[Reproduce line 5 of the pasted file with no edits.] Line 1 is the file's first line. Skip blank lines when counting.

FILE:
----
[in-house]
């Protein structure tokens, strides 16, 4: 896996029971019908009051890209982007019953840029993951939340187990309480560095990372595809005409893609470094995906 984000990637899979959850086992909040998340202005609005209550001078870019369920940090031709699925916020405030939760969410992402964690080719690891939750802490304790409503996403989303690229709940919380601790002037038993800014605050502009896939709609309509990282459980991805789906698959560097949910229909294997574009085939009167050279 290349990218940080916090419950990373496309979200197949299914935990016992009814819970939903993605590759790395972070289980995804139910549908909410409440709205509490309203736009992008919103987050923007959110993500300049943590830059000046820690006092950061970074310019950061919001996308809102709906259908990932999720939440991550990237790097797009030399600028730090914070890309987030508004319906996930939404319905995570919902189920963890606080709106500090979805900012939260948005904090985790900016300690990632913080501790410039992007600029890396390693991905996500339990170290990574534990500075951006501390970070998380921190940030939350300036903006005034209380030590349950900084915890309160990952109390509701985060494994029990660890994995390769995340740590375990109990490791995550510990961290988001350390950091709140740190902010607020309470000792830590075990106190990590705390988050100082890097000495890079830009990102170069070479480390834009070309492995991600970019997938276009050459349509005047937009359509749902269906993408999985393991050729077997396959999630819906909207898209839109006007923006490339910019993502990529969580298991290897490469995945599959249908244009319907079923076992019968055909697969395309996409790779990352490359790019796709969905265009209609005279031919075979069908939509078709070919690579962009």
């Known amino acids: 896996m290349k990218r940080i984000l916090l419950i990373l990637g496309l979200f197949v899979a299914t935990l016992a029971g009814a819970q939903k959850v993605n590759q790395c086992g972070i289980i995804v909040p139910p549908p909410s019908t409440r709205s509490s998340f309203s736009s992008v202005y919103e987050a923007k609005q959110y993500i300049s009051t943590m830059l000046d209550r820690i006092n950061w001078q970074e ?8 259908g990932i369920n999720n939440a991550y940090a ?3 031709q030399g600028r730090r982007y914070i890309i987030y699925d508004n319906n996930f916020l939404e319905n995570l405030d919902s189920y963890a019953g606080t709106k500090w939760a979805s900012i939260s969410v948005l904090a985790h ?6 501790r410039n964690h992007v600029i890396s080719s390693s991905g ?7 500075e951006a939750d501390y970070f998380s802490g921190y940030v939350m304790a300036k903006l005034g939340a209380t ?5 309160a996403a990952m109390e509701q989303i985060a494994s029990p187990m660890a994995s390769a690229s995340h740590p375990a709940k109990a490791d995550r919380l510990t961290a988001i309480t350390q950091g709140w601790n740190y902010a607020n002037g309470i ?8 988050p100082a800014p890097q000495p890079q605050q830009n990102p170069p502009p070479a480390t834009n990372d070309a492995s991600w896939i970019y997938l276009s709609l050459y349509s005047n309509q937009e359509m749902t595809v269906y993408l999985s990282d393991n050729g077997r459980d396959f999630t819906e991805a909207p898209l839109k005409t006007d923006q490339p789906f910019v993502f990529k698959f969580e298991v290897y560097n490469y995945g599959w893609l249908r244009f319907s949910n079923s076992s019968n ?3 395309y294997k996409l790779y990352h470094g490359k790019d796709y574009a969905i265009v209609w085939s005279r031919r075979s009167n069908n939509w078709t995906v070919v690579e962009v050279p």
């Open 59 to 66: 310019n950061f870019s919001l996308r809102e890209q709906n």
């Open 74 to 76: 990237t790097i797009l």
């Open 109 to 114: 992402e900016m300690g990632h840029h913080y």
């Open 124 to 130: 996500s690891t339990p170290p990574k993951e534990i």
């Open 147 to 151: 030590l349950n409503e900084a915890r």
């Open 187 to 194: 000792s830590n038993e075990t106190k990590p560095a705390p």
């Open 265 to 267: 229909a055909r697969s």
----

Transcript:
């Open 74 to 76: 990237t790097i797009l």